Stir the kiwi puree into the sugar-and-water syrup. Mix until homogeneous. Pour into a stainless-steel bowl. Cool to room temperature, and place in the freezer. Leave a metal fork in the bowl. It is essential that this mixture be in a metal bowl as the process continues, as the metal bowl will become much colder in the freezer than other materials would; my sorbet was already melting when I served it because I had removed it from the metal bowl to put it into an air-tight plastic container - an unnecessary and detrimental move. I emphasize: both make and store the sorbet in a stainless-steel bowl.
Stir after 1 hour to break down the first frozen crystals. Repeat every 1 to 2 hours, until the sorbet is firm. Depending on your freezer, this can take between 4 and 5 hours. Do not forget to give it a vigorous stir at regular intervals - otherwise it will freeze up into a solid block. If you do stir it regularly, you will see the mixture grow thicker after each interval as the ice crystals harden and get redistributed by your stirring. This is quite satisfying if you're spending an afternoon or evening at home and can return to the mixture every hour.
To serve, keep it in the metal bowl in the freezer until the last minute, and chill the serving dishes if possible as well. I had the sorbet in a plastic container, in an insufficient freezer, served in plastic cups, so it was destined to melt early. Form oblong scoops by using two spoons, dipping them into hot water between scoops. Put 2 or 3 on each dish and sprinkle with mint chiffonnade (I used mint leaves, blueberries, and sliced strawberries).
When properly frozen, this sorbet is delightfully refreshing (as my earlier tastes revealed). Avoid unbalanced serving glasses and try to eat it on a sunny day in comfortable chairs overlooking a lake/river/ocean.
Whole Wheat Gingersnaps
These very closely followed the Chez Panisse Gingersnaps recipe on Chocolate and Zucchini.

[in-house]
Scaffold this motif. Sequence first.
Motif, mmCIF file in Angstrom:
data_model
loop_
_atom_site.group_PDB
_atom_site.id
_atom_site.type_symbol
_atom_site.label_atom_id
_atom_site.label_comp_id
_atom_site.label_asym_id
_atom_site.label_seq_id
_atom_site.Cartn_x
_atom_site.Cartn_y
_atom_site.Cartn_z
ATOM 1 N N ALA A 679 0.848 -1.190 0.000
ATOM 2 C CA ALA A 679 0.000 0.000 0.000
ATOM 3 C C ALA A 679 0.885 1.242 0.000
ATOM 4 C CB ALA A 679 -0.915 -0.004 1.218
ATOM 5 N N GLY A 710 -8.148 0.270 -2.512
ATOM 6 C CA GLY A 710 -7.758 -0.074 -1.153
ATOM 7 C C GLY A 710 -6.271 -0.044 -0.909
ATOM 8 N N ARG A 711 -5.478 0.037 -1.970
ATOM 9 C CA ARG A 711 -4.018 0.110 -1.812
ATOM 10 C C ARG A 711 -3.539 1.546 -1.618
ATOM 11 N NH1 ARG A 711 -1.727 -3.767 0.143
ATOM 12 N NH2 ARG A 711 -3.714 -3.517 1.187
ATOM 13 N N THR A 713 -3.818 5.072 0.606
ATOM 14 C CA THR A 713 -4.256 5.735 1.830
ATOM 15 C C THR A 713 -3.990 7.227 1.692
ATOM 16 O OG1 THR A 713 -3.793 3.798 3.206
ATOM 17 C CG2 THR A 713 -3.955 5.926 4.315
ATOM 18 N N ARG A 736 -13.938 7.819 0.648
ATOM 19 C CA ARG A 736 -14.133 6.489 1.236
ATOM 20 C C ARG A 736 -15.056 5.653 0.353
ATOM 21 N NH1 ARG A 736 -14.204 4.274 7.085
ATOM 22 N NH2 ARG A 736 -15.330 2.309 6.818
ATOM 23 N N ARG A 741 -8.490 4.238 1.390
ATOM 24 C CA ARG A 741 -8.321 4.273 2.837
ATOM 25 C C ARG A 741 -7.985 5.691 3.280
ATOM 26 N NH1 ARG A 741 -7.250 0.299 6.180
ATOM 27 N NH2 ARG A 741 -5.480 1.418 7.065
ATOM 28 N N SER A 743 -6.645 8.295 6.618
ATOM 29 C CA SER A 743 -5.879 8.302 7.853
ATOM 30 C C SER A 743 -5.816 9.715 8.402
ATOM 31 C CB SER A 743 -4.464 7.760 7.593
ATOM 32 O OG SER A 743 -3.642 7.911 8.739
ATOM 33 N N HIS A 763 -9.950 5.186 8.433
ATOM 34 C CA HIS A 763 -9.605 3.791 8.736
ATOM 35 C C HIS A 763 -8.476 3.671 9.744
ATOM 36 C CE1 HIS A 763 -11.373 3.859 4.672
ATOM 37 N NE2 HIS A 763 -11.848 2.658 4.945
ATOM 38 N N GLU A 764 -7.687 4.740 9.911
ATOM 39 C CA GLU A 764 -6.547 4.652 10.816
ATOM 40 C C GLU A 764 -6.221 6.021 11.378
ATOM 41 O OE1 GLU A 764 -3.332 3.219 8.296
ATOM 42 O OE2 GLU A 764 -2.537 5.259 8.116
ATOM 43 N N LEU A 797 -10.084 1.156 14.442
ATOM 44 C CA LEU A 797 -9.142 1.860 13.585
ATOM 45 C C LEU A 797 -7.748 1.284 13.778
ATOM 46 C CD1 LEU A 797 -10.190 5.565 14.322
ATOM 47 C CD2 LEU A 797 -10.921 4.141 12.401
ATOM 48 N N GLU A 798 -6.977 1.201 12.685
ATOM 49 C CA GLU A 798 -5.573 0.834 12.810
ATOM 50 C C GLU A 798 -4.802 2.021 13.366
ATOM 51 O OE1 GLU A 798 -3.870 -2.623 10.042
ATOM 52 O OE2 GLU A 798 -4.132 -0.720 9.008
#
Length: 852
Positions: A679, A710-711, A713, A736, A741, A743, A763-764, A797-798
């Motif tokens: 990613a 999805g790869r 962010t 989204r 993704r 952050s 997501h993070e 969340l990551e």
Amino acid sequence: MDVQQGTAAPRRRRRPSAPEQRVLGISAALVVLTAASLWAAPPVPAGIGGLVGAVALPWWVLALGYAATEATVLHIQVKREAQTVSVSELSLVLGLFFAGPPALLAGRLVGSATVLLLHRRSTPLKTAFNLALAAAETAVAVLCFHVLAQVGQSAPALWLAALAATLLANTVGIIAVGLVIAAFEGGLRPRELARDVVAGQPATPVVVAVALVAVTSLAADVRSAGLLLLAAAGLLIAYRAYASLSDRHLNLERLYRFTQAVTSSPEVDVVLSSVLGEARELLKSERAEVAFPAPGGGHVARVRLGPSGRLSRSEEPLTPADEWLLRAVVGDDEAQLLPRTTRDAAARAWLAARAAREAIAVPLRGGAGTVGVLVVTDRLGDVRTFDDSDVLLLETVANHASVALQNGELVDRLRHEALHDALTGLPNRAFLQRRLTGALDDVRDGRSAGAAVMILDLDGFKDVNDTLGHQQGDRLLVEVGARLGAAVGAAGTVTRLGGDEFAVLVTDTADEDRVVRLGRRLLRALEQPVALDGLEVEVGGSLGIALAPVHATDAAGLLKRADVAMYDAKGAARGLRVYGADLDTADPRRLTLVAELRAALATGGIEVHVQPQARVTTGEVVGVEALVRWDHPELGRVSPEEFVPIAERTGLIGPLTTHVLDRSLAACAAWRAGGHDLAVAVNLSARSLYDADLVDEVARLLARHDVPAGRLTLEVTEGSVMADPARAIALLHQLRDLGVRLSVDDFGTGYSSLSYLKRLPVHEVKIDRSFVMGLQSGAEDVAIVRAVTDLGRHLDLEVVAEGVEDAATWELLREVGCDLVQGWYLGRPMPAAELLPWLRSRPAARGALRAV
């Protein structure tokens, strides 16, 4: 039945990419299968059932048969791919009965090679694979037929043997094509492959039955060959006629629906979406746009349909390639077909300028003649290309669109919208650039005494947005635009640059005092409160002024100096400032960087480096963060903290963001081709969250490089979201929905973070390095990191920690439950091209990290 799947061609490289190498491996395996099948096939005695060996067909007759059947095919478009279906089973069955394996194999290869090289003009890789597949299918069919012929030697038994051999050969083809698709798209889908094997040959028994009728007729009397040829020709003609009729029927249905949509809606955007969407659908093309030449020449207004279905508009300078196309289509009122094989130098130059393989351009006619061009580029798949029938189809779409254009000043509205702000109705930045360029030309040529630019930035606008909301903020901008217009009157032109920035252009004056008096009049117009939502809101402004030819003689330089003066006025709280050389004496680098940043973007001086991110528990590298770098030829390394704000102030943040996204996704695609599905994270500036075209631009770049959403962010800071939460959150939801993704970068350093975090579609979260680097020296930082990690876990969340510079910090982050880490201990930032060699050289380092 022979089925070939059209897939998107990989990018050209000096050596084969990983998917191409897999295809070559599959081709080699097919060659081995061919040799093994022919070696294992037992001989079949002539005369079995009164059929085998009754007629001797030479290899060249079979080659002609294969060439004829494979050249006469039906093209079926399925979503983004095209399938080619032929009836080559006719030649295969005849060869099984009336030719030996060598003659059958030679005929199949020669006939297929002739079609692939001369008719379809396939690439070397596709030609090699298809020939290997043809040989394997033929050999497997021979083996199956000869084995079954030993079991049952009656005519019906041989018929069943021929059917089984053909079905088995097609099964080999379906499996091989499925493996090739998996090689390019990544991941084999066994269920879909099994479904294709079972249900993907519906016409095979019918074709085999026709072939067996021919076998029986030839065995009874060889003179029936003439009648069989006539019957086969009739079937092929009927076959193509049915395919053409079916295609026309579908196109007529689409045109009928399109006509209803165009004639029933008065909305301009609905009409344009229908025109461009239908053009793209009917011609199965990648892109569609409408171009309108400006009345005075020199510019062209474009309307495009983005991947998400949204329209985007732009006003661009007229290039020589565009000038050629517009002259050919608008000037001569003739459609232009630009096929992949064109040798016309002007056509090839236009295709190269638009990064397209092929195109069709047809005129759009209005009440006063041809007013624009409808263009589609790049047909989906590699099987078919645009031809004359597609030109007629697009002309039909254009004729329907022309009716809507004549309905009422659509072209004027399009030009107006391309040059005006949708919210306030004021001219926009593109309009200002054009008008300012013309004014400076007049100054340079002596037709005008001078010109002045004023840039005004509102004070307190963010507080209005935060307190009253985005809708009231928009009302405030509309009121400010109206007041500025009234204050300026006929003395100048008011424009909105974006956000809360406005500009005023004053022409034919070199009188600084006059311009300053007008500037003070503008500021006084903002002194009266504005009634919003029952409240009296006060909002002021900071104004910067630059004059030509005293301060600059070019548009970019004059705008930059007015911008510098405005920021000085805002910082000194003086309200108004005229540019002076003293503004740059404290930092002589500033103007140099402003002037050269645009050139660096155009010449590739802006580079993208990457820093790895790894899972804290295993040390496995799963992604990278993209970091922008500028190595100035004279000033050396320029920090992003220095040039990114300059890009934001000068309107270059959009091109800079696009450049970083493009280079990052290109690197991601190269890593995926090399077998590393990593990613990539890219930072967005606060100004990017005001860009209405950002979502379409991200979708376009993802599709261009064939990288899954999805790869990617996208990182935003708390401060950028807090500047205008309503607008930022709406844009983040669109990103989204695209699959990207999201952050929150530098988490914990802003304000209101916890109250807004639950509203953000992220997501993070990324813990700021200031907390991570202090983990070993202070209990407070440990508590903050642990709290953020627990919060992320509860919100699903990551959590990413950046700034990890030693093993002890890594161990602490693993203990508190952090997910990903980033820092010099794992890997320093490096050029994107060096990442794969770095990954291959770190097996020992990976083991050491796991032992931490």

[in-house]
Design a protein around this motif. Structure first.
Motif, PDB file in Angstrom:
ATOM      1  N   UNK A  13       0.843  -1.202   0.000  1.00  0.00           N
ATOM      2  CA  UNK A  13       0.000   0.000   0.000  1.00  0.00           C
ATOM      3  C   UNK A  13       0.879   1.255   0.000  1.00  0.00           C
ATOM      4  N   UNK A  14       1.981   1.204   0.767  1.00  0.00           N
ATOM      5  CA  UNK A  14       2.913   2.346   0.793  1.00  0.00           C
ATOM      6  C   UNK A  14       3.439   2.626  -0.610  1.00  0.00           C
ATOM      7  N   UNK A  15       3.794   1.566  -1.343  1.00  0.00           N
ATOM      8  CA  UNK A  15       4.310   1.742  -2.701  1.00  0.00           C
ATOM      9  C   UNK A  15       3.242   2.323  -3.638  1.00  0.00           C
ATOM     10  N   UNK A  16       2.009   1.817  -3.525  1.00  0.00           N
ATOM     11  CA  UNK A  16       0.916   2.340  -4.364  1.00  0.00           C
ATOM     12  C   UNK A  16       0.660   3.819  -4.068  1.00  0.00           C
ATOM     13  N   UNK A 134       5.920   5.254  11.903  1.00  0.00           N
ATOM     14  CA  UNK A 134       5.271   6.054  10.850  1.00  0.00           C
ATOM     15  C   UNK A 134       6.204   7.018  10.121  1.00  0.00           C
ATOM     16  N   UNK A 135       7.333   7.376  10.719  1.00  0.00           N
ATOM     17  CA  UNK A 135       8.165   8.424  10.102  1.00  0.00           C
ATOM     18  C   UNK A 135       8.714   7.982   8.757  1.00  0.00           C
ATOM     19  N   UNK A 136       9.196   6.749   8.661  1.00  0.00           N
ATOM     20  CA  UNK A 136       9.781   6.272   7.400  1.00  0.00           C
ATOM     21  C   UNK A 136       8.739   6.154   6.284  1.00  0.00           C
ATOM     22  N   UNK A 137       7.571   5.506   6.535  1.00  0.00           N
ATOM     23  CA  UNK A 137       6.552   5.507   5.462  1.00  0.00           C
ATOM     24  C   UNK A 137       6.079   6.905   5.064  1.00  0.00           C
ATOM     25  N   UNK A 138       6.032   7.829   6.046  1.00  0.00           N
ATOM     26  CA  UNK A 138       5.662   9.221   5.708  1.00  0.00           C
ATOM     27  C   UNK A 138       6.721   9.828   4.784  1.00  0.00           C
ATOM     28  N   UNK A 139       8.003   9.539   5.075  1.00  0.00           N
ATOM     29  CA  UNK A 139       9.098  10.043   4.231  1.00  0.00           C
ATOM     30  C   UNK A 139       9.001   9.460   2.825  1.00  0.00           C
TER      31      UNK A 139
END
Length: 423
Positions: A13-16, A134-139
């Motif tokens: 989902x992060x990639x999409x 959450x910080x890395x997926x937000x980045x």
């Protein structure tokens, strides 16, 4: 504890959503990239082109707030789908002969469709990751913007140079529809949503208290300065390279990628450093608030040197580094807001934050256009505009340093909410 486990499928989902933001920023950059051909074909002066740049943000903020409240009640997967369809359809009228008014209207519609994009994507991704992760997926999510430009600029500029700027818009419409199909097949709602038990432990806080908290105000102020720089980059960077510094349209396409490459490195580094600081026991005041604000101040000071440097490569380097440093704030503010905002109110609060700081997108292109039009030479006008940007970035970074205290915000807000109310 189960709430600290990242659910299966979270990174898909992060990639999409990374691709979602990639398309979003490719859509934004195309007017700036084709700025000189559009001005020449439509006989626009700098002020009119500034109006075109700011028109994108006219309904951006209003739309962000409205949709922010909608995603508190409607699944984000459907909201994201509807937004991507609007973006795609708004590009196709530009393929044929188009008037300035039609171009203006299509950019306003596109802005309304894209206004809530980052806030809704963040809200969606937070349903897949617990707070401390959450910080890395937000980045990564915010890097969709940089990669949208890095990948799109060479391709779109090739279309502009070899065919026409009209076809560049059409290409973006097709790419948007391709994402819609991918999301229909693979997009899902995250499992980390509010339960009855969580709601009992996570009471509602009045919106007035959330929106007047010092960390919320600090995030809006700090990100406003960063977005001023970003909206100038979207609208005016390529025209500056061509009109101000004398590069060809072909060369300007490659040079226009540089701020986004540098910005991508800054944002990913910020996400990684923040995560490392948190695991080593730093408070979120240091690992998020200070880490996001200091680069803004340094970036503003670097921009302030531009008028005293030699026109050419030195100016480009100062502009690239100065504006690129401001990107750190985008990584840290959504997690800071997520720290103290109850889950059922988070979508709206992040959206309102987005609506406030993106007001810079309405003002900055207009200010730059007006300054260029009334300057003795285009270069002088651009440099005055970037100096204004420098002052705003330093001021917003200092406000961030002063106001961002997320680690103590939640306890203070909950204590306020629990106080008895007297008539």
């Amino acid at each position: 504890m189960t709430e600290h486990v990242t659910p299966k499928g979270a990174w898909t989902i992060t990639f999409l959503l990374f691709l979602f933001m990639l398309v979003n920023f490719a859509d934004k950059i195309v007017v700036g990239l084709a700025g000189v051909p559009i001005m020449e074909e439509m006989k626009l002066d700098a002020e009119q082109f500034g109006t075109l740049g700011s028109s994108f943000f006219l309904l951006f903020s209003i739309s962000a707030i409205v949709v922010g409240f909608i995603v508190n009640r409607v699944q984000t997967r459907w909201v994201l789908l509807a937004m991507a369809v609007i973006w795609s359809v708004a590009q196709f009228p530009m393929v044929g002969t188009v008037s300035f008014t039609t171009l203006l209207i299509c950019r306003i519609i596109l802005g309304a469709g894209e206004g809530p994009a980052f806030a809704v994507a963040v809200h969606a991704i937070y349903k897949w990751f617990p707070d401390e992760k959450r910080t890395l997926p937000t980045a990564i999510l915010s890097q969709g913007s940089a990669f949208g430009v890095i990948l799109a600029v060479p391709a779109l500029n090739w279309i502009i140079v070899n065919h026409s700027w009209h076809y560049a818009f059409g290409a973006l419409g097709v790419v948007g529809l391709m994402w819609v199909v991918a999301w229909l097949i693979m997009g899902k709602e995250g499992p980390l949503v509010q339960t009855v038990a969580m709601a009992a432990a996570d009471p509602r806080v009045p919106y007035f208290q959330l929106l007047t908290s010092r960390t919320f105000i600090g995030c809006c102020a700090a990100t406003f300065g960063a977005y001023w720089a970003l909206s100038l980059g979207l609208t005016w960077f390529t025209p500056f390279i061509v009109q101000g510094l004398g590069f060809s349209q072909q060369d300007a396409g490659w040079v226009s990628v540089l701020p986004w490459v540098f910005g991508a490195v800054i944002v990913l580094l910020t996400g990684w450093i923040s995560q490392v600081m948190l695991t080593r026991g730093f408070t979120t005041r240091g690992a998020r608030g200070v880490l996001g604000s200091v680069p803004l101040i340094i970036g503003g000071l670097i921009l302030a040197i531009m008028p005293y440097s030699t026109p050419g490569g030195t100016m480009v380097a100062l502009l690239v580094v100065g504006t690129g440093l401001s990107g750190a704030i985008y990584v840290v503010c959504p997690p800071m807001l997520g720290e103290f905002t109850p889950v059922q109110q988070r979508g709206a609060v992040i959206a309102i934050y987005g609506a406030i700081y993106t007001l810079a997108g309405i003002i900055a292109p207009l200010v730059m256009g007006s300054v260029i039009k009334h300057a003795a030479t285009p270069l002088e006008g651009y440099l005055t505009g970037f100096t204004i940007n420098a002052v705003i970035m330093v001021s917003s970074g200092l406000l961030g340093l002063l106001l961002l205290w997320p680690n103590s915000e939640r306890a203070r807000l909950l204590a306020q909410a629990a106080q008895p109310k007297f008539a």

I will just point out a few observations/adaptations I made:
- I only had unsalted butter, so I added 2 tsp of salt. I did feel that the salt was a nice complement to the spices.
- It calls for 2 small or 1 1/2 large eggs; since most of us do not buy small eggs, I would encourage you to actually use the 1 1/2 large egg measurement; it worked for me to crack one egg into a bowl and then split the yolk in half (at least what looked like 1/2 to me) and dish about half of the white and half of the yolk into the batter, along with the other whole egg. These cookies turned out great, so I would not mess with the liquid/dry ratio!
- I substituted whole wheat flour for approximately 3/4 of the flour called for and it worked quite well, as whole wheat flour often does with molasses-flavored cookies. I wouldn't be surprised if these cookies would turn out quite well with all whole wheat flour (I prefer King Arthur's White Whole Wheat flour).
- I used a slightly smaller loaf pan than referenced in the recipe, which simply changed the shape of the cookies. Do press it into the pan as evenly as possible, as my slices ended up somewhat uneven as a result of the frozen shape of the dough. I left it in the freezer overnight, and in retrospect would have liked to return the dough to the freezer between baking batches to keep it from softening too much and changing the shape of the cookies - unless you're going for a randomness of form. Slice the cookies almost as thinly as possible in order to get light and crisp snaps. I also divided each slice of dough in half so as to get small square snaps rather than long rectangular ones.
- Good luck not eating all the unbaked dough!
- At least these can be cleaned up easily if spilled
*Some websites cite a special mixture of tea leaves for Thai tea that includes star anise; you may look in stores for "Thai" tea, but I had difficulty finding it at several stores without sugar and cream already added. The orange color of Thai iced tea in restaurants comes from food coloring, which you may add a few drops of if so desired at the point of adding the sugar.
**The kiwis can be replaced by any firm fruit, such as strawberries, peeled peaches, bananas, or apricots.